Speaking of global warming, The Scrapbook could have used a little more of it this winter. Meanwhile we’ve been bundling up against the cold and curling up next to the fireplace with our favorite new book, Jay Cost’s A Republic No More: Big Government and the Rise of American Political Corruption.Read more
Since the founding of our nation, political defeat has been a catalyst for innovation. Federalist triumphs in 1796 and 1798 prompted the Jeffersonian opposition to develop the first party organization. The collapse of the Whig party, morally ambivalent on the issue of slavery, in the early 1850s gave rise to the Republican party’s staunch support of “free soil.” Thanks in part to the defeat of the Cox-Roosevelt ticket in 1920, Franklin Roosevelt learned how to sell progressivism to the nation at large, preparing the way for his landslide presidential victory in 1932.Read more
It is said that history is written by the victors. Maybe so, but in the United States over the last century, history has largely been written by the liberals. This inevitably leads to bias, which inevitably operates on even the most impartial of minds. While most historians try to be fair and judicious, the fact that the overwhelming majority of them are on the left generates an inexorable tilt to the American historical narrative.Read more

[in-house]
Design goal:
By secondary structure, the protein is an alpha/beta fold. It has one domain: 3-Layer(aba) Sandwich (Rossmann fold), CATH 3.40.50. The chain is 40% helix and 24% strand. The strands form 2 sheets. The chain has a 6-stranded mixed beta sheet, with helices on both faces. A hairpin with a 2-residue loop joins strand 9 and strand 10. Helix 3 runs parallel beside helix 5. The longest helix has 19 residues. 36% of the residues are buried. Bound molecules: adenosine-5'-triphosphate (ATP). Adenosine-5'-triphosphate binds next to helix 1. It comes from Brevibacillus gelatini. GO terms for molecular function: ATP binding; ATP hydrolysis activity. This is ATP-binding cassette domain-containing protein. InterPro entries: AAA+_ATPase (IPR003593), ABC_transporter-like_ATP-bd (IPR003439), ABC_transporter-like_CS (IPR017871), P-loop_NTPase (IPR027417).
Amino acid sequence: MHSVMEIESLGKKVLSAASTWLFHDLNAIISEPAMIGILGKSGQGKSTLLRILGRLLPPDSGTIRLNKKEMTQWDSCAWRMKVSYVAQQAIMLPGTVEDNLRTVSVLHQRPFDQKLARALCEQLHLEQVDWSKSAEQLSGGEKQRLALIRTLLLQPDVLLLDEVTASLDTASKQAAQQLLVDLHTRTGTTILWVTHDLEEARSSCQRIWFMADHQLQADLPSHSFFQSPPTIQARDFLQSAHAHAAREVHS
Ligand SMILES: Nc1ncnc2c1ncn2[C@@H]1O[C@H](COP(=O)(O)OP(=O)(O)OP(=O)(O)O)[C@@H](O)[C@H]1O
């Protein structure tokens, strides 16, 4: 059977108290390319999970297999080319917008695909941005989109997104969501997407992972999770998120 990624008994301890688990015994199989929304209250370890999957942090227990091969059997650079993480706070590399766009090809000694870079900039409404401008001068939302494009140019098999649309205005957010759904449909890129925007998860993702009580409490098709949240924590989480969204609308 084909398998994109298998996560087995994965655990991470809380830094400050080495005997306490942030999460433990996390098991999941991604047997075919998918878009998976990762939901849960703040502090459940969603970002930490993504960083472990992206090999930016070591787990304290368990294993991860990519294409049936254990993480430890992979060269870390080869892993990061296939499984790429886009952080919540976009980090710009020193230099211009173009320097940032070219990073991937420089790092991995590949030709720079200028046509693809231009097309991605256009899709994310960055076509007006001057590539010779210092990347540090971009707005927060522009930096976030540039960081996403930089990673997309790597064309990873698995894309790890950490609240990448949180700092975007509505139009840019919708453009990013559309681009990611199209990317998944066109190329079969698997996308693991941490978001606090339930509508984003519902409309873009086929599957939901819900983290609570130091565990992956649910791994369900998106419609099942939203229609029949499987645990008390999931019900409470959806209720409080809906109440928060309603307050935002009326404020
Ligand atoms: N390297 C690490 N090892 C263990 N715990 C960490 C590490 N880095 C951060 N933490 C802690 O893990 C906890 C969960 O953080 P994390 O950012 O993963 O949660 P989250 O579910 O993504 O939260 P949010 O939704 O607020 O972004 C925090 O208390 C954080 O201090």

House conservatives complained loudly about the Export-Import Bank during last year’s midterm campaign. The hope was, with Republicans controlling both houses of Congress, that conservatives could find the will to kill the program -- which, by the way, should be relatively easy. If Congress does nothing, the Ex-Im’s charter will expire.
So, how is it going?Read more
The Oregonian, the biggest paper in the state, is calling for the resignation of Oregon Governor John Kitzhaber as a result of shady dealings related to his longtime girlfriend and fiancée:
More ugliness may surface, but it should be clear by now to Kitzhaber that his credibility has evaporated to such a degree that he can no longer serve effectively as governor. If he wants to serve his constituents he should resign.Read more
I have just finished a new book on political corruption. The book takes a broad overview of corruption, across the whole history of the nation, explaining its typical patterns over time.The most pertinent revelation is how the government captures private interests, which in turn capture the government right back. Indeed, reciprocity is a real phenomenon in government. It leads inevitably to conflicts of interests, and thus corruption.Read more